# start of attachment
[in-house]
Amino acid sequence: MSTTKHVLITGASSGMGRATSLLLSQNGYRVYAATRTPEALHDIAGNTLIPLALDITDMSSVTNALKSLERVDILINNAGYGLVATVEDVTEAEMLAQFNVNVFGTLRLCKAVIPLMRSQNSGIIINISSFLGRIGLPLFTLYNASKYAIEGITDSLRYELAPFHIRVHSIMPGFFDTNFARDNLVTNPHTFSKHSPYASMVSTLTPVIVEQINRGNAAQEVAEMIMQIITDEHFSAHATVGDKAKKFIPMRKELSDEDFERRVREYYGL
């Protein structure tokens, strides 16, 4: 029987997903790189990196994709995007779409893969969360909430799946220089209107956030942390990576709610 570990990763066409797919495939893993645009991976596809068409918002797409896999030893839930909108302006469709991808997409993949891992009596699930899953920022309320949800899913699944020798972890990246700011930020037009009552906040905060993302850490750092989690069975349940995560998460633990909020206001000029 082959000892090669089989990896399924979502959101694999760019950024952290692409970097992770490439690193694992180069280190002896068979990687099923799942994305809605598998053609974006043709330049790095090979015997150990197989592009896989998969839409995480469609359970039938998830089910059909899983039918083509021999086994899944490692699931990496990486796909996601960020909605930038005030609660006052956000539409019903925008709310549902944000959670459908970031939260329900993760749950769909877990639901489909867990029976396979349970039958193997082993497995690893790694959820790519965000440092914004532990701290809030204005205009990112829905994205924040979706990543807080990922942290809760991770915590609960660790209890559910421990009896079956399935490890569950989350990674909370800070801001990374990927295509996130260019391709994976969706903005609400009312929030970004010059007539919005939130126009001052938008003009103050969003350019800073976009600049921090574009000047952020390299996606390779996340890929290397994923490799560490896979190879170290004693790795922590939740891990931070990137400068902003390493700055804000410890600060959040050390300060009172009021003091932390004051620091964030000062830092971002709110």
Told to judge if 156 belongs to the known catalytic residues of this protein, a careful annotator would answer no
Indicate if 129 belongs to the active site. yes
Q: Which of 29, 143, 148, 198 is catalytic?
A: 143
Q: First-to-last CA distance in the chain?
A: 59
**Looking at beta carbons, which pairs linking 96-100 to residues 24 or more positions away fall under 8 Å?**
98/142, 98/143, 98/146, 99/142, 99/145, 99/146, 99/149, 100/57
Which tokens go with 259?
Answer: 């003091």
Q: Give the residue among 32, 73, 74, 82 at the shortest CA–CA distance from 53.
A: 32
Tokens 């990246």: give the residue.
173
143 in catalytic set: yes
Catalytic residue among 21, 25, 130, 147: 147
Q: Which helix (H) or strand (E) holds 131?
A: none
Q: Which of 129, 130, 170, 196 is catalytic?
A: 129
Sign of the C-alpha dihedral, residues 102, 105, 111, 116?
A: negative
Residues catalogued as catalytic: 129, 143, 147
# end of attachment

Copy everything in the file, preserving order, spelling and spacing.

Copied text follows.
[in-house]
Amino acid sequence: MSTTKHVLITGASSGMGRATSLLLSQNGYRVYAATRTPEALHDIAGNTLIPLALDITDMSSVTNALKSLERVDILINNAGYGLVATVEDVTEAEMLAQFNVNVFGTLRLCKAVIPLMRSQNSGIIINISSFLGRIGLPLFTLYNASKYAIEGITDSLRYELAPFHIRVHSIMPGFFDTNFARDNLVTNPHTFSKHSPYASMVSTLTPVIVEQINRGNAAQEVAEMIMQIITDEHFSAHATVGDKAKKFIPMRKELSDEDFERRVREYYGL
């Protein structure tokens, strides 16, 4: 029987997903790189990196994709995007779409893969969360909430799946220089209107956030942390990576709610 570990990763066409797919495939893993645009991976596809068409918002797409896999030893839930909108302006469709991808997409993949891992009596699930899953920022309320949800899913699944020798972890990246700011930020037009009552906040905060993302850490750092989690069975349940995560998460633990909020206001000029 082959000892090669089989990896399924979502959101694999760019950024952290692409970097992770490439690193694992180069280190002896068979990687099923799942994305809605598998053609974006043709330049790095090979015997150990197989592009896989998969839409995480469609359970039938998830089910059909899983039918083509021999086994899944490692699931990496990486796909996601960020909605930038005030609660006052956000539409019903925008709310549902944000959670459908970031939260329900993760749950769909877990639901489909867990029976396979349970039958193997082993497995690893790694959820790519965000440092914004532990701290809030204005205009990112829905994205924040979706990543807080990922942290809760991770915590609960660790209890559910421990009896079956399935490890569950989350990674909370800070801001990374990927295509996130260019391709994976969706903005609400009312929030970004010059007539919005939130126009001052938008003009103050969003350019800073976009600049921090574009000047952020390299996606390779996340890929290397994923490799560490896979190879170290004693790795922590939740891990931070990137400068902003390493700055804000410890600060959040050390300060009172009021003091932390004051620091964030000062830092971002709110």
Told to judge if 156 belongs to the known catalytic residues of this protein, a careful annotator would answer no
Indicate if 129 belongs to the active site. yes
Q: Which of 29, 143, 148, 198 is catalytic?
A: 143
Q: First-to-last CA distance in the chain?
A: 59
**Looking at beta carbons, which pairs linking 96-100 to residues 24 or more positions away fall under 8 Å?**
98/142, 98/143, 98/146, 99/142, 99/145, 99/146, 99/149, 100/57
Which tokens go with 259?
Answer: 């003091």
Q: Give the residue among 32, 73, 74, 82 at the shortest CA–CA distance from 53.
A: 32
Tokens 């990246």: give the residue.
173
143 in catalytic set: yes
Catalytic residue among 21, 25, 130, 147: 147
Q: Which helix (H) or strand (E) holds 131?
A: none
Q: Which of 129, 130, 170, 196 is catalytic?
A: 129
Sign of the C-alpha dihedral, residues 102, 105, 111, 116?
A: negative
Residues catalogued as catalytic: 129, 143, 147